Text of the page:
The Neonatologist that sees your baby straight after birth may decide that your baby will need extra help with breathing or it may be a few days later that your baby starts to struggle with breathing that he is placed on a ventilator. The first thing the doctor will have to do is intubated (a special tube is inserted into the windpipe via the mouth or the nose) your baby. This tube can then be attached to the ventilator.
For most prem parents the first view of their little on is after she has been attached to the ventilator and it can be a scary sight. Ask your doctor or nurse to explain what the ventilator is doing for your baby. In some cases it will be doing all the breathing. In other cases it may be supplementing your baby’s breathing. For a baby born extremely premature it may by weeks before you baby comes off the ventilator. But even while on the ventilator the doctors will be gradually weaning him off of it. They will change the pressures, volume or timing of the machine until it is basically your baby doing most of the breathing and the ventilator only kicking in at times.
Some babies will have trouble weaning from the ventilator but doctors will usually only remove a baby from the ventilator after they are sure that he will breathe adequately on his own or with the help of CPAP. If your baby develops an infection or needs some surgery, often they will be put back onto the ventilator for a time. This can be very distressing to a parent who has waited weeks for the freedom from the ventilator but usually once the baby starts to recover he will loose
Continuous Positive Air Pressure.
Your baby may progress from his time on a ventilator he may be put on CPAP. (see pap) With CPAP a short plastic tube is run through the nose to the back of the throat. A mixture of Oxygen and air is fed into this tube under pressure and is used to keep the baby’s lungs partly inflated. With CPAP your baby does the breathing, and the CPAP just helps to make it less work for him. CPAP is a positive step forward for the prem. You could look at CPAP as training the lungs in how to do their job. For some babies this is a short couple of days for others it may be a few weeks.
Some prems will have the ability to breathe by themselves but they are not getting the oxygen into their system that they need. To give this prem the concentrated oxygen he needs doctors may use a head box. This is simply a round or square box placed over the baby’s head and shoulders and it has a concentrated level of oxygen fed into it. Some parents find that the moist air fogs up the box and they can not see their baby’s face but it usually is only for a short period of time till the baby’s oxygen levels pickup.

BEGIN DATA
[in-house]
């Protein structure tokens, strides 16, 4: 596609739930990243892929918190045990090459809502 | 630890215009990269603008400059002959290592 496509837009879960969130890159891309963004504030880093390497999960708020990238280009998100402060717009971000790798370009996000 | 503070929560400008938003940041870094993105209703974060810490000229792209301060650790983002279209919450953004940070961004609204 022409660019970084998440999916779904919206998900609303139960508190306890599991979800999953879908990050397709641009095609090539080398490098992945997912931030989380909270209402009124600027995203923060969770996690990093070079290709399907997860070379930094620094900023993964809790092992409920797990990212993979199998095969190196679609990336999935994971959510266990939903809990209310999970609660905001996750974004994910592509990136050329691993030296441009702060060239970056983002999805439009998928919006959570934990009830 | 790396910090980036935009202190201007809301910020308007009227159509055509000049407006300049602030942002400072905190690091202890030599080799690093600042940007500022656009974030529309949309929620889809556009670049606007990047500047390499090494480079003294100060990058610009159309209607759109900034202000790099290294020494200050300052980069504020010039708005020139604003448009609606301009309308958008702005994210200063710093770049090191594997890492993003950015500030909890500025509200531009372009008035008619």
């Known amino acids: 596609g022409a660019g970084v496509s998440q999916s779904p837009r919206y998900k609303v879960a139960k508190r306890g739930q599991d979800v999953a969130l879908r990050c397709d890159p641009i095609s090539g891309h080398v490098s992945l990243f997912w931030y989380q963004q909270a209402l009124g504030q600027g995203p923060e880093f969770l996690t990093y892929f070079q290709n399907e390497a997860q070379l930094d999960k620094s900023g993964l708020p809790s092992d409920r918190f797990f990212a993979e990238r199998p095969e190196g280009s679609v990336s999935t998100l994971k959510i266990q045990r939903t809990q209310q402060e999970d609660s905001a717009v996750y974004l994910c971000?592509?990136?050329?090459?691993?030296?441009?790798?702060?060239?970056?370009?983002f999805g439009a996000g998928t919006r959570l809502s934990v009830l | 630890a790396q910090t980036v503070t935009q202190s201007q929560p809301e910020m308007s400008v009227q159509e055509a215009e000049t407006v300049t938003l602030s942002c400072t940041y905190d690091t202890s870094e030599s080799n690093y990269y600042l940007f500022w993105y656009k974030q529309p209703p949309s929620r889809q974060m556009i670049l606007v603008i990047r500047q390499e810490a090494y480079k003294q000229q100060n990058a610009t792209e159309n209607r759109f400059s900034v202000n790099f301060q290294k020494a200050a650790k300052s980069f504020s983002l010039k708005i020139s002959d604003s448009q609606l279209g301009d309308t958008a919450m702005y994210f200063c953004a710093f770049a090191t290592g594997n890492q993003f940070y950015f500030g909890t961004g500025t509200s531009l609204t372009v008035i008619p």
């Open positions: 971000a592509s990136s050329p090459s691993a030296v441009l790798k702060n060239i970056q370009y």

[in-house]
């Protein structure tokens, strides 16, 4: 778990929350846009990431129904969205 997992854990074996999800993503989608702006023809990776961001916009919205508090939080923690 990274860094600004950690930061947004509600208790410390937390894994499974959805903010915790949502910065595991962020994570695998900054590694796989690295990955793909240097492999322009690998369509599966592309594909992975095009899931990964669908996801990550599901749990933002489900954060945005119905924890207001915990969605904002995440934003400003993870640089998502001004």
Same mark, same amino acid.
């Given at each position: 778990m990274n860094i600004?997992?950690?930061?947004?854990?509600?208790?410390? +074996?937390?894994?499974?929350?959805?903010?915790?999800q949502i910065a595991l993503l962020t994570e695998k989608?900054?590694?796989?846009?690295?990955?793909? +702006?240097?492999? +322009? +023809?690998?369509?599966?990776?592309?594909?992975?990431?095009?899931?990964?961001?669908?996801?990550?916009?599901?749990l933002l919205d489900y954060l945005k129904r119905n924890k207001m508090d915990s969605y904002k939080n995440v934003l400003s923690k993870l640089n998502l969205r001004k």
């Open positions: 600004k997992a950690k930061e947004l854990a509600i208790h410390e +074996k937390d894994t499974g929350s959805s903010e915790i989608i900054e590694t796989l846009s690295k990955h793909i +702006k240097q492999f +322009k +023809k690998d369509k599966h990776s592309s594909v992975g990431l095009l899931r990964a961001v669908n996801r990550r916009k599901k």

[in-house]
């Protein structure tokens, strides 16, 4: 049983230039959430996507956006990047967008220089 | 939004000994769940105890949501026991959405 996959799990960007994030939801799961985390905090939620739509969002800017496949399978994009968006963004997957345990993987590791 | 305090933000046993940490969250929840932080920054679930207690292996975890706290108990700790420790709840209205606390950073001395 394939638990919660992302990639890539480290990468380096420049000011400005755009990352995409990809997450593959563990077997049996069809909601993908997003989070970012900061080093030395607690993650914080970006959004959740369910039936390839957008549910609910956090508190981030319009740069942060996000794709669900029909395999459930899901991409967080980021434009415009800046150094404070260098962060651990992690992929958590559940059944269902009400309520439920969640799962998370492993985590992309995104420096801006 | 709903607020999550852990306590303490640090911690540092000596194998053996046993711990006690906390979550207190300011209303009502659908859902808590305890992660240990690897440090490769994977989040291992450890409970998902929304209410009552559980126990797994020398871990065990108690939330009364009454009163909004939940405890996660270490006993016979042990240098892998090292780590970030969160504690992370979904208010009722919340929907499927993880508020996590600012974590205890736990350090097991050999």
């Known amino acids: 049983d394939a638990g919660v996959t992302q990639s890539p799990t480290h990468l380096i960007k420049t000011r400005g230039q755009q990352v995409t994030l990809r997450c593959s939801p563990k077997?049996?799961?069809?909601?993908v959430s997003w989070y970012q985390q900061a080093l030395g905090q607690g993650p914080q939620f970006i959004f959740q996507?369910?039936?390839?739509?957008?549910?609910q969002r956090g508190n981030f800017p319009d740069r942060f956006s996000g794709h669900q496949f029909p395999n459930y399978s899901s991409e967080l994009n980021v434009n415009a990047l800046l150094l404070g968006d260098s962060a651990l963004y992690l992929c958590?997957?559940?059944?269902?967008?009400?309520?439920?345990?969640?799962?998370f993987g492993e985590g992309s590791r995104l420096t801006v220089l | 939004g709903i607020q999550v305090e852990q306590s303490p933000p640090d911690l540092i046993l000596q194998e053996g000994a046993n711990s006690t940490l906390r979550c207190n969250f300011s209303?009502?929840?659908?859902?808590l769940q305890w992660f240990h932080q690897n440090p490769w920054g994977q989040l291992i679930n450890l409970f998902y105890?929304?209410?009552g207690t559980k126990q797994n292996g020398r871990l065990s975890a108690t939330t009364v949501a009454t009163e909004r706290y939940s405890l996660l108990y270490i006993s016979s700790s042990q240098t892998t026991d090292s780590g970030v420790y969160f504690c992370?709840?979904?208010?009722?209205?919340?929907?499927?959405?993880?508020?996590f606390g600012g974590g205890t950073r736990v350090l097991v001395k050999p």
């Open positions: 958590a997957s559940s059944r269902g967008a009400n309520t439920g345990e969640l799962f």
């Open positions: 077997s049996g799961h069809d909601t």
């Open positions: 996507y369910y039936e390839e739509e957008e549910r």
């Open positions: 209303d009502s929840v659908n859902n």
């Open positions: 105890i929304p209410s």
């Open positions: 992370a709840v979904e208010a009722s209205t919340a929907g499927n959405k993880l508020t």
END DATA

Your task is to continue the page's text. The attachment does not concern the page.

A baby still in the isolet may receive extra oxygen needed by a tube fed into the isolet. This baby doesn’t need the concentrated oxygen that a baby with a head box does but still needs a little extra oxygen. The isolet will have an oxygen monitor, monitoring the levels of oxygen inside and most will have sleeves over the side access holes to stop the oxygen levels decreasing too quickly when the doors of these holes are open.
The prem with head box or isolet oxygen can usually be taken out of the isolet for cuddles but will need to its oxygen close by. In some cases this is done with a funnel or simply a tube pointed so that the oxygen is wafting over the baby’s face.
The final step in the path to breathing independently is a nasal cannula. This is a small set of nasal prongs attached to an oxygen line. The prongs are set up that they blow oxygen into your baby’s nostrils and provide extra oxygen the baby needs. In some cases the baby’s have trouble giving up this final support and some babies will go home with the nasal cannula and an oxygen bottle. If this is your baby’s case, the medical staff will show you how to deal with home oxygen and you will be asked to come back at regular intervals to have your baby’s oxygen levels tested.
The primary aim of PIPA is to provide practical and emotional support to the parents and families of premature infants. However we do not offer professional advice. We are parents of preterm baby’s and not medical staff. We do offer understanding, support, encouragement and friendship.